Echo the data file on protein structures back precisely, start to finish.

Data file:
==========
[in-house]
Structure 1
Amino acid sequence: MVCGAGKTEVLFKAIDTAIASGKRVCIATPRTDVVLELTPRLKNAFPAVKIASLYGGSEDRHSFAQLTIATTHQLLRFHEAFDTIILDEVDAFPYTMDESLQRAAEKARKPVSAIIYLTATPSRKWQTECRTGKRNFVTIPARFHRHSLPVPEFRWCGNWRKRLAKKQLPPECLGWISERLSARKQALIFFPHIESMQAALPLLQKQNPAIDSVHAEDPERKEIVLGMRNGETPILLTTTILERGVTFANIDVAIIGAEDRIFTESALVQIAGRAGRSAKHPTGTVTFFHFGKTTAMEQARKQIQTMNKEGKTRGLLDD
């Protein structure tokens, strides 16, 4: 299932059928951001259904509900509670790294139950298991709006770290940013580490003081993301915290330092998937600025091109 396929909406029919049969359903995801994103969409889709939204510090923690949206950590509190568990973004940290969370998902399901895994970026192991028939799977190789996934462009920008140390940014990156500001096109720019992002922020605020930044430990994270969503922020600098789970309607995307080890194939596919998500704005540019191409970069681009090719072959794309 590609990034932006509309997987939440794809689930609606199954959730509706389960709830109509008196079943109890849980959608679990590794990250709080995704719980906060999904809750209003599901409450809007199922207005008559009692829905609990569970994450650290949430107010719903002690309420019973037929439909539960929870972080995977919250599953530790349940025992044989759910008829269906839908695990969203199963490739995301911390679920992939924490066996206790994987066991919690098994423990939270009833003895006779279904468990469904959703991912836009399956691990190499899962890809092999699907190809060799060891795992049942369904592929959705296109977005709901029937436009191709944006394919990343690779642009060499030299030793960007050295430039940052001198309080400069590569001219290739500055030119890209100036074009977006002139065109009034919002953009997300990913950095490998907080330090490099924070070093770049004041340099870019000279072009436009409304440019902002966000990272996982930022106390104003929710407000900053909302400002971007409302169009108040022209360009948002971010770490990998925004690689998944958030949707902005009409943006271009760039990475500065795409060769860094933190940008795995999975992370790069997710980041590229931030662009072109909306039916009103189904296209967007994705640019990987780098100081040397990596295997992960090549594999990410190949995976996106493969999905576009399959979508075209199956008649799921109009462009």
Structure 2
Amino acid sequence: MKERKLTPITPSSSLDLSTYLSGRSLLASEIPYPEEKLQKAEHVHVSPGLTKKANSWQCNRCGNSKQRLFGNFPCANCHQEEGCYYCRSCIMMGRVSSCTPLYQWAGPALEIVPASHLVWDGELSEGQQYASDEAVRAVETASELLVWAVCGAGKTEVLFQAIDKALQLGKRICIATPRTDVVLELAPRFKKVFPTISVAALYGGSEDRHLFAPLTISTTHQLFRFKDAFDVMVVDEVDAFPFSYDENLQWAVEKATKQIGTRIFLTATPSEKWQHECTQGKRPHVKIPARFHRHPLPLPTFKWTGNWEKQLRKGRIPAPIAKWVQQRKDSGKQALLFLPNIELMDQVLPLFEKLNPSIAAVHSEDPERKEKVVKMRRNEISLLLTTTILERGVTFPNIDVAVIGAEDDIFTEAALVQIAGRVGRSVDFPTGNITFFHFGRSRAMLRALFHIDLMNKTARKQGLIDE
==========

[in-house]
Structure 1
Amino acid sequence: MVCGAGKTEVLFKAIDTAIASGKRVCIATPRTDVVLELTPRLKNAFPAVKIASLYGGSEDRHSFAQLTIATTHQLLRFHEAFDTIILDEVDAFPYTMDESLQRAAEKARKPVSAIIYLTATPSRKWQTECRTGKRNFVTIPARFHRHSLPVPEFRWCGNWRKRLAKKQLPPECLGWISERLSARKQALIFFPHIESMQAALPLLQKQNPAIDSVHAEDPERKEIVLGMRNGETPILLTTTILERGVTFANIDVAIIGAEDRIFTESALVQIAGRAGRSAKHPTGTVTFFHFGKTTAMEQARKQIQTMNKEGKTRGLLDD
């Protein structure tokens, strides 16, 4: 299932059928951001259904509900509670790294139950298991709006770290940013580490003081993301915290330092998937600025091109 396929909406029919049969359903995801994103969409889709939204510090923690949206950590509190568990973004940290969370998902399901895994970026192991028939799977190789996934462009920008140390940014990156500001096109720019992002922020605020930044430990994270969503922020600098789970309607995307080890194939596919998500704005540019191409970069681009090719072959794309 590609990034932006509309997987939440794809689930609606199954959730509706389960709830109509008196079943109890849980959608679990590794990250709080995704719980906060999904809750209003599901409450809007199922207005008559009692829905609990569970994450650290949430107010719903002690309420019973037929439909539960929870972080995977919250599953530790349940025992044989759910008829269906839908695990969203199963490739995301911390679920992939924490066996206790994987066991919690098994423990939270009833003895006779279904468990469904959703991912836009399956691990190499899962890809092999699907190809060799060891795992049942369904592929959705296109977005709901029937436009191709944006394919990343690779642009060499030299030793960007050295430039940052001198309080400069590569001219290739500055030119890209100036074009977006002139065109009034919002953009997300990913950095490998907080330090490099924070070093770049004041340099870019000279072009436009409304440019902002966000990272996982930022106390104003929710407000900053909302400002971007409302169009108040022209360009948002971010770490990998925004690689998944958030949707902005009409943006271009760039990475500065795409060769860094933190940008795995999975992370790069997710980041590229931030662009072109909306039916009103189904296209967007994705640019990987780098100081040397990596295997992960090549594999990410190949995976996106493969999905576009399959979508075209199956008649799921109009462009």
Structure 2
Amino acid sequence: MKERKLTPITPSSSLDLSTYLSGRSLLASEIPYPEEKLQKAEHVHVSPGLTKKANSWQCNRCGNSKQRLFGNFPCANCHQEEGCYYCRSCIMMGRVSSCTPLYQWAGPALEIVPASHLVWDGELSEGQQYASDEAVRAVETASELLVWAVCGAGKTEVLFQAIDKALQLGKRICIATPRTDVVLELAPRFKKVFPTISVAALYGGSEDRHLFAPLTISTTHQLFRFKDAFDVMVVDEVDAFPFSYDENLQWAVEKATKQIGTRIFLTATPSEKWQHECTQGKRPHVKIPARFHRHPLPLPTFKWTGNWEKQLRKGRIPAPIAKWVQQRKDSGKQALLFLPNIELMDQVLPLFEKLNPSIAAVHSEDPERKEKVVKMRRNEISLLLTTTILERGVTFPNIDVAVIGAEDDIFTEAALVQIAGRVGRSVDFPTGNITFFHFGRSRAMLRALFHIDLMNKTARKQGLIDE